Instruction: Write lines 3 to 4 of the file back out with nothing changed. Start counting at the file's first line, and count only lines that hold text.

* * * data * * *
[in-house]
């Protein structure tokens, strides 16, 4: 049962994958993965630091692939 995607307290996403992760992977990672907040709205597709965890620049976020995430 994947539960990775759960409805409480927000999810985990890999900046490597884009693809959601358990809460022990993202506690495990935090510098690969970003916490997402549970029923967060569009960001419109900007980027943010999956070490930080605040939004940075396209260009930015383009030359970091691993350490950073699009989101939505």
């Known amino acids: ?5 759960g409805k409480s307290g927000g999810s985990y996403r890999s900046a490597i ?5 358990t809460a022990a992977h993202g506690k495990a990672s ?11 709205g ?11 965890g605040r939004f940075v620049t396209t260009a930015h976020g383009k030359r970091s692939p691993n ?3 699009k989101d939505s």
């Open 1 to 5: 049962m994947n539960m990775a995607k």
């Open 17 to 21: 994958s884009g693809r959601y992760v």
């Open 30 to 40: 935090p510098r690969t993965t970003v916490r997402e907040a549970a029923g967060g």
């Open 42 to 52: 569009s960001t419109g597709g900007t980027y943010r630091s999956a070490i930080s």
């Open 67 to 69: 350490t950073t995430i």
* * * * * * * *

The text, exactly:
């Known amino acids: ?5 759960g409805k409480s307290g927000g999810s985990y996403r890999s900046a490597i ?5 358990t809460a022990a992977h993202g506690k495990a990672s ?11 709205g ?11 965890g605040r939004f940075v620049t396209t260009a930015h976020g383009k030359r970091s692939p691993n ?3 699009k989101d939505s």
């Open 1 to 5: 049962m994947n539960m990775a995607k």